Facebook and Twitter Won’t Be Able to Check ‘Buy Buttons’ Off Their Holiday Wishlists

Photographer: Helder Almeida/Getty Images

Photographer: Helder Almeida/Getty Images

“Buy” buttons are coming to your stream someday, but most Facebook and Twitter users will be safe from the ultimate impulse-purchase mechanism during this holiday season.

While the social media giants have been testing “buy” buttons with some users’ since the summer, the feature won’t be introduced widely for now, according to interviews with Facebook and Twitter executives. Advertisers have been asking the companies for months in the run up to the holiday-shopping frenzy when they’ll be able to sell products directly to people as they browse their social networks.

The companies could benefit from finding new ways to generate revenue, especially after Facebook and Twitter each reported disappointing earnings last quarter. Americans are expected to spend more than $100 billion shopping online during the holidays, according to the National Retail Federation, a trade association. This would have been a perfect time to launch the new shopping feature and grab a bigger slice of consumer spending. The companies won’t get a better opportunity for another year.

Advertisers like the idea of a “buy” button because it can help determine whether an ad is effective. Currently, they can tell how many users were shown or clicked on an ad, but they don’t always know whether someone ended up buying the product. Beyond improving measurement, the buttons could drive more sales. Advertisers are optimistic that the feature could increase spontaneity in online shopping, which has traditionally been driven by people searching for items they already know what they want on Amazon.com or Google.

Facebook and Twitter acknowledge that they're missing out on a potential new revenue stream during the biggest shopping season of the year. But Nathan Hubbard, Twitter's e-commerce head, said he wants to create the right tool before making it available to everyone. "Interest from sellers is not our challenge now,” Hubbard said in an interview. "It's how we roll that out at scale and really optimize the user experience."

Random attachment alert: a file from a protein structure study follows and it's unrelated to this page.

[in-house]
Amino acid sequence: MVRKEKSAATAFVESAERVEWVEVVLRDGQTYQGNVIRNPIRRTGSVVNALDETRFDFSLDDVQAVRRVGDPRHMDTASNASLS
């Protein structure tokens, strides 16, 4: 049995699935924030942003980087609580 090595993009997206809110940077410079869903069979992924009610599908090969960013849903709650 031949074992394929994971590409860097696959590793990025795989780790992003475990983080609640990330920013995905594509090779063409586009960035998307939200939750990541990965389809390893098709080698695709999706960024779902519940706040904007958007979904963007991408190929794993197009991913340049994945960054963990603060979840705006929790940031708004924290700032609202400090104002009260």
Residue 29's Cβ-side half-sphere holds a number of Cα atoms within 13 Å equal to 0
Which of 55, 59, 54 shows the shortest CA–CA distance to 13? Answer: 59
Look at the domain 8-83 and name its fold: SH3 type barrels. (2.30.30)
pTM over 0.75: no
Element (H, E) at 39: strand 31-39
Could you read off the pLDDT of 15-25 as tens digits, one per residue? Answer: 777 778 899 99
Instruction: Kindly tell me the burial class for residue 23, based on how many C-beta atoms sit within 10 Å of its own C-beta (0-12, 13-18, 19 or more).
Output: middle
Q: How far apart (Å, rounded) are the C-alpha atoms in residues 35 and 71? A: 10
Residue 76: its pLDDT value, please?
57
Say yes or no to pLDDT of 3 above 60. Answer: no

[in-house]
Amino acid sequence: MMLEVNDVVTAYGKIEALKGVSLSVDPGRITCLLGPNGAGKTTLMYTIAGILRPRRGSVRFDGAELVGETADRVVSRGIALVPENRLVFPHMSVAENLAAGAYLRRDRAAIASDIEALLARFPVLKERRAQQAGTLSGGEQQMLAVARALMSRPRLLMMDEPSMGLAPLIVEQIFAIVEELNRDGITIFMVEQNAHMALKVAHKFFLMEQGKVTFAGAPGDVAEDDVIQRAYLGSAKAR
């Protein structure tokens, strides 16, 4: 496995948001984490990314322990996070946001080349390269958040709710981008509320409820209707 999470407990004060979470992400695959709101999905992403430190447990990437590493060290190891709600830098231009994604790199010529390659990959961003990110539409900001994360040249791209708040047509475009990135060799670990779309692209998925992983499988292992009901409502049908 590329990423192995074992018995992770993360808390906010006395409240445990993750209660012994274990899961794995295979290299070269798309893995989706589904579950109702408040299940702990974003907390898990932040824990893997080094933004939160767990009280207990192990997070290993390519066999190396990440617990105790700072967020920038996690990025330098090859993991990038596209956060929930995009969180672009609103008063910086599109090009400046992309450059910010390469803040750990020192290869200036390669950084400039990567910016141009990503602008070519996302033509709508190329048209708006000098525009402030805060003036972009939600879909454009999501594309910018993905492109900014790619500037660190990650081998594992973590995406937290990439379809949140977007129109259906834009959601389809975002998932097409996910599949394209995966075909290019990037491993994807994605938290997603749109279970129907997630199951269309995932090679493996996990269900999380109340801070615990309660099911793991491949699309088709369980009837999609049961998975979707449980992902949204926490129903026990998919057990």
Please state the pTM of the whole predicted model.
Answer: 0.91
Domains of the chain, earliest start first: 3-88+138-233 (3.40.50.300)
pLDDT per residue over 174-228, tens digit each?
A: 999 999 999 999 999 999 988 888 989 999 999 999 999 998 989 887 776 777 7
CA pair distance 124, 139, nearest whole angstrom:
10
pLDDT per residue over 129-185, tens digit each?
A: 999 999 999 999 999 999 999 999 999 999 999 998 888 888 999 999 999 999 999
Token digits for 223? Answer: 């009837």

On Twitter’s Oct. 27 earnings call, Chief Executive Officer Dick Costolo said the company is continuing to explore how to take advantage of “in-the-moment commerce.” Kevin Weil, Twitter’s vice president of product, said at the company’s analyst day on Nov. 12 that tests are going well. “We're enthusiastic about the response we've seen,” Weil said.

Facebook’s top executives have offered similarly positive comments about the potential for quick purchases that don’t require users to leave the company’s app or website. “Commerce is really important and is a growing important part of our business,” Sheryl Sandberg, the chief operating officer, said on Facebook’s July 23 earnings call. “The more people buy online, the more people buy things they discover through their mobile phones, the more people discover things from News Feed and go on to purchase, the more important we are in driving e-commerce, and I think we are increasingly important."

That’s probably why advertisers have been hounding Facebook about the “buy” button they’ve been waiting on for month. Nicolas Franchet, Facebook's head of e-commerce, said when many companies ask him when they can start using the feature, his response is, “Not yet."

“We are very clear,” Franchet said in an interview. “It's a small test, limited to the test, and our job is to continue testing.”

Franchet said Facebook is concerned about confusing retailers by offering something that may not end up being an option for them if tests don't go well. Instead of the "buy" button, he's pitching them standard ads that send people to shopping sites.

“We don't want to complicate the picture for them,” Franchet said. "The ‘buy’ button gives them a glimpse of where we may be going in the future—but maybe not.”

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